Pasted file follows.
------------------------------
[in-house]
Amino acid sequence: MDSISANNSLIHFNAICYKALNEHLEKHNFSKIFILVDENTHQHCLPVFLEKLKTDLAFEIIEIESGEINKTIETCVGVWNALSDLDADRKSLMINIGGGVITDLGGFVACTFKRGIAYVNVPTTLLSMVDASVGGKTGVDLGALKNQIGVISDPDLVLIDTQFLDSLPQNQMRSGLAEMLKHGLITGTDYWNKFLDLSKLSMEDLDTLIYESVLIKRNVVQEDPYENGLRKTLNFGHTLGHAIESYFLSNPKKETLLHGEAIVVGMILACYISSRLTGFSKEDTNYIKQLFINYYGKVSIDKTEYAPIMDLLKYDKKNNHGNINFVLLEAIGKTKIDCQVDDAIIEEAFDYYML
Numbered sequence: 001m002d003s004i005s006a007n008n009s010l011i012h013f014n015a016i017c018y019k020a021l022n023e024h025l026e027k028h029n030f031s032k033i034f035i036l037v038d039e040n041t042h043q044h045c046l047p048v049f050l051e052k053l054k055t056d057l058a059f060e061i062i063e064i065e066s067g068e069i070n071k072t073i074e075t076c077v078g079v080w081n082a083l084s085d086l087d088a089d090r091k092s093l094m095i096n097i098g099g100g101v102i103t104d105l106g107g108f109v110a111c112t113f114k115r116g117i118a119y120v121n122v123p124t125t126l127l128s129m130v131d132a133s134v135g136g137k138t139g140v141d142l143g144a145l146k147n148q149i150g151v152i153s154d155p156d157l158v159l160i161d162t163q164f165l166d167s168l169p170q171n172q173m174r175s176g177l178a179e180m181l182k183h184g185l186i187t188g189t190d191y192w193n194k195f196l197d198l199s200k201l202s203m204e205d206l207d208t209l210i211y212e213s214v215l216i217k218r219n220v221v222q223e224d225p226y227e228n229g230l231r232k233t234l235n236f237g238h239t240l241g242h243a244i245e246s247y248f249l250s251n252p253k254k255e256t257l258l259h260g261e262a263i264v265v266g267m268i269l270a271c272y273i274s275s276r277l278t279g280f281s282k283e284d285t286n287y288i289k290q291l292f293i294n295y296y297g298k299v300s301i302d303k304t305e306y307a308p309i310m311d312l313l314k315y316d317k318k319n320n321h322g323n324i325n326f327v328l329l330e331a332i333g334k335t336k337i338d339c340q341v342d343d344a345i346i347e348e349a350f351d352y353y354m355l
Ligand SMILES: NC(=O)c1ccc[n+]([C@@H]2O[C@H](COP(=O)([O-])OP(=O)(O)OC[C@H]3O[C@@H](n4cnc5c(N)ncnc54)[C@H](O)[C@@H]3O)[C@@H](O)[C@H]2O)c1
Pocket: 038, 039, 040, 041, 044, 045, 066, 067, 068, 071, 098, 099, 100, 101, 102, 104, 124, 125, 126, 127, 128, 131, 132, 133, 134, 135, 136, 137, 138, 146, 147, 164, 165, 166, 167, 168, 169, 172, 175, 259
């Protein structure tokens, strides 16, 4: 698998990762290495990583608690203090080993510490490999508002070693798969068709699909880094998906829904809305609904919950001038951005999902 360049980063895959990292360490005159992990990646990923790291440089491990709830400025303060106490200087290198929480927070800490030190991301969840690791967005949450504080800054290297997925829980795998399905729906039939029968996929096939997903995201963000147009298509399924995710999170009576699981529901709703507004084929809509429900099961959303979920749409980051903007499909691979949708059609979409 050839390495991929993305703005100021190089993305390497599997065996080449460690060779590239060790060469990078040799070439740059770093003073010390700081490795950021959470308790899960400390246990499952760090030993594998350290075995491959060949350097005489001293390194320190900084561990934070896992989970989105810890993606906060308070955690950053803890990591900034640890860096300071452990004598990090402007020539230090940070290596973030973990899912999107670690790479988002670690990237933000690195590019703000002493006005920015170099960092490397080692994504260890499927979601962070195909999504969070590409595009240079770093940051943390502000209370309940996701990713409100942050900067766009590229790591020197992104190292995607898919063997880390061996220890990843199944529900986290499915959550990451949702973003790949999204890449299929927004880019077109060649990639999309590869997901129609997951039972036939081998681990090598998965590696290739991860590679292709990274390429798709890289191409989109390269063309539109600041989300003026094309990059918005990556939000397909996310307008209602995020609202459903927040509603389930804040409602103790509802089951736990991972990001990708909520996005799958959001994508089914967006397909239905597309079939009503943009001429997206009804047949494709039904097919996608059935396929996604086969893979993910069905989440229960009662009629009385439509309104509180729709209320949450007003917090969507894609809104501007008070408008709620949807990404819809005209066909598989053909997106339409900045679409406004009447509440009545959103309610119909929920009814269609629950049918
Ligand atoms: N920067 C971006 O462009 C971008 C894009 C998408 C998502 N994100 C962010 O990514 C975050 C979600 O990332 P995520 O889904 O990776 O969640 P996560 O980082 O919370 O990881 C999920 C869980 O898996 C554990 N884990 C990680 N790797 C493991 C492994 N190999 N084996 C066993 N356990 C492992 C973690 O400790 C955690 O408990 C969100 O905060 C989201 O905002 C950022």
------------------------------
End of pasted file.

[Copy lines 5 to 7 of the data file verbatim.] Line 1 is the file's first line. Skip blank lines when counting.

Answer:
Pocket: 038, 039, 040, 041, 044, 045, 066, 067, 068, 071, 098, 099, 100, 101, 102, 104, 124, 125, 126, 127, 128, 131, 132, 133, 134, 135, 136, 137, 138, 146, 147, 164, 165, 166, 167, 168, 169, 172, 175, 259
């Protein structure tokens, strides 16, 4: 698998990762290495990583608690203090080993510490490999508002070693798969068709699909880094998906829904809305609904919950001038951005999902 360049980063895959990292360490005159992990990646990923790291440089491990709830400025303060106490200087290198929480927070800490030190991301969840690791967005949450504080800054290297997925829980795998399905729906039939029968996929096939997903995201963000147009298509399924995710999170009576699981529901709703507004084929809509429900099961959303979920749409980051903007499909691979949708059609979409 050839390495991929993305703005100021190089993305390497599997065996080449460690060779590239060790060469990078040799070439740059770093003073010390700081490795950021959470308790899960400390246990499952760090030993594998350290075995491959060949350097005489001293390194320190900084561990934070896992989970989105810890993606906060308070955690950053803890990591900034640890860096300071452990004598990090402007020539230090940070290596973030973990899912999107670690790479988002670690990237933000690195590019703000002493006005920015170099960092490397080692994504260890499927979601962070195909999504969070590409595009240079770093940051943390502000209370309940996701990713409100942050900067766009590229790591020197992104190292995607898919063997880390061996220890990843199944529900986290499915959550990451949702973003790949999204890449299929927004880019077109060649990639999309590869997901129609997951039972036939081998681990090598998965590696290739991860590679292709990274390429798709890289191409989109390269063309539109600041989300003026094309990059918005990556939000397909996310307008209602995020609202459903927040509603389930804040409602103790509802089951736990991972990001990708909520996005799958959001994508089914967006397909239905597309079939009503943009001429997206009804047949494709039904097919996608059935396929996604086969893979993910069905989440229960009662009629009385439509309104509180729709209320949450007003917090969507894609809104501007008070408008709620949807990404819809005209066909598989053909997106339409900045679409406004009447509440009545959103309610119909929920009814269609629950049918
Ligand atoms: N920067 C971006 O462009 C971008 C894009 C998408 C998502 N994100 C962010 O990514 C975050 C979600 O990332 P995520 O889904 O990776 O969640 P996560 O980082 O919370 O990881 C999920 C869980 O898996 C554990 N884990 C990680 N790797 C493991 C492994 N190999 N084996 C066993 N356990 C492992 C973690 O400790 C955690 O408990 C969100 O905060 C989201 O905002 C950022």